March 2020

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Middle East: Saudi Arabia eyes major growth in petrochemicals market

Saudi Arabia aims to become a major player in the global petrochemicals market within the next several years, with plans to increase domestic and foreign production and expand its exports.

Gerden, E., Contributing Writer

Saudi Arabia aims to become a major player in the global petrochemicals market within the next several years, with plans to increase domestic and foreign production and expand its exports.

Implementation of these plans will align with the country’s Saudi Vision 2030, which is a government plan to reduce Saudi Arabia’s dependence on oil, diversify its economy and develop its public service sectors.

A major target of the plan is to create conditions for the development of the Saudi petrochemicals industry and raise its competitiveness in the international arena. These goals will be achieved through a significant increase in exports of Saudi petrochemicals to foreign markets.

Catching up with global petrochemicals

Saudi petrochemicals production has been rapidly growing since the beginning of the 2000s. The country, which has traditionally licensed process technology from Western companies, is working to implement and adapt new technologies.

Khaled Faleh, Saudi Arabia’s minister of industry and mineral resources, acknowledged that the present share of Saudi Arabia and other Gulf states in global petrochemicals production does not exceed 3%, compared to 25% in the case of many Western European states—despite the huge volumes of hydrocarbon reserves concentrated in the Middle East Gulf.

Another subject of concern for Saudi petrochemicals production is the inability of local producers to meet domestic demand. According to data from the Saudi Ministry of Industry and Mineral Resources, local production meets only 18% of domestic demand, with the remaining 82% of domestic petrochemicals demand being met through imports.

A shift from the traditional production of refined fuels to petrochemicals will allow Saudi Arabia to diversify its energy sector and create new jobs. At present, the country’s petrochemicals sector employs approximately 250,000 people. This number is significantly lower than in the EU, where petrochemicals provides direct and indirect jobs to almost 6 MM people.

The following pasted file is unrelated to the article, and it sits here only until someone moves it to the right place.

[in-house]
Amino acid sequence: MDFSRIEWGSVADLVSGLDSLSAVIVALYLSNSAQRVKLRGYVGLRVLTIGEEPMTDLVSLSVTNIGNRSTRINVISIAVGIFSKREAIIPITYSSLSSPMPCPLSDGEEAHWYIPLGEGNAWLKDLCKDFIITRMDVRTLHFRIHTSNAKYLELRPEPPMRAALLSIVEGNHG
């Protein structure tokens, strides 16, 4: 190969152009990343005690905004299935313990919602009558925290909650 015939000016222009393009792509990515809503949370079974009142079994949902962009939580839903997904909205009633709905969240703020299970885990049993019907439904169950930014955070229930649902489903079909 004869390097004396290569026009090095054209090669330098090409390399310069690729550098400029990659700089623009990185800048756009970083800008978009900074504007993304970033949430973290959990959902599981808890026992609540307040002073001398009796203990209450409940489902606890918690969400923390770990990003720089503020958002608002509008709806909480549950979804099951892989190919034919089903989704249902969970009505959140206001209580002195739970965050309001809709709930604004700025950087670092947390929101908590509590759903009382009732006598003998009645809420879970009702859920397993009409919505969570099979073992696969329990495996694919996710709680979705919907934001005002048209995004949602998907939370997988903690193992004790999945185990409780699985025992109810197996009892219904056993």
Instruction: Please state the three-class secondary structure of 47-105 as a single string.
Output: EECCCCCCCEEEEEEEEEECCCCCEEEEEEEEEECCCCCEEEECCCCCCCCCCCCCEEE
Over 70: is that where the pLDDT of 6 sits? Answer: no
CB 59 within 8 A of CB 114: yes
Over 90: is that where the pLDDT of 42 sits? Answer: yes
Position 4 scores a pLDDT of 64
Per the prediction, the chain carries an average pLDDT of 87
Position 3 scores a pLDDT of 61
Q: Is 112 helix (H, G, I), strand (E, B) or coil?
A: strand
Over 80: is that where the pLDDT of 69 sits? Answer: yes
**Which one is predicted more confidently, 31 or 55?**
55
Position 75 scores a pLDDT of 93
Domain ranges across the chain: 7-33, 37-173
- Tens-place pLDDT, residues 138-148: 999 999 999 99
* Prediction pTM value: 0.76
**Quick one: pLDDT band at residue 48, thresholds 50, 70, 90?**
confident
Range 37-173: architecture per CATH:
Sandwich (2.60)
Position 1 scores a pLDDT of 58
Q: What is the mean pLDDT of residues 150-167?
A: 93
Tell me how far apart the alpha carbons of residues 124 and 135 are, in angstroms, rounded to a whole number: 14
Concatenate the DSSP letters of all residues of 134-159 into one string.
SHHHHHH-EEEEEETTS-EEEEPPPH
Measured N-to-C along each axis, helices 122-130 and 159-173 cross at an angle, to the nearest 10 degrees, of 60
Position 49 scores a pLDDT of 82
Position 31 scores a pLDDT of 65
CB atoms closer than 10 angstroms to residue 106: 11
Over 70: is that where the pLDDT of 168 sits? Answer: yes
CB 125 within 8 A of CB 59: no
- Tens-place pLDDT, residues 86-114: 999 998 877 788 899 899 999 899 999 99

To level the petrochemicals playing field with Western countries, the Saudi government is implementing a series of measures. One measure involves attracting more investments to the industry and increasing its labor efficiency. At present, operating expenses for Saudi petrochemicals are 15%–20% higher than those in the US and 200% higher than in China.

Saudi petrochemicals M&A

In addition to increasing its overall production of petrochemicals, Saudi Arabia is seeking to raise the technical complexity of its petrochemical product offerings, including those with high added value, to meet growing demand in both domestic and foreign markets.

The first step is the recent greenlight by local regulators for the establishment of a new, large-scale petrochemicals producer in the country. The new company is known as Sahara International Petrochemical Co. and was established with the merger of leading Saudi petrochemicals producers Saudi International Petrochemical Co. (Sipchem) and Sahara Petrochemical.

The new company will have total assets worth more than SAR 22 B ($5.9 B) and will become the second-largest petrochemicals producer in the country after Saudi Basic Industries (SABIC) (FIG. 1). Representatives of Sahara International Petrochemical Co. have already announced plans to target acquisitions and JVs in the U.S. and Asia to expand the company’s market reach.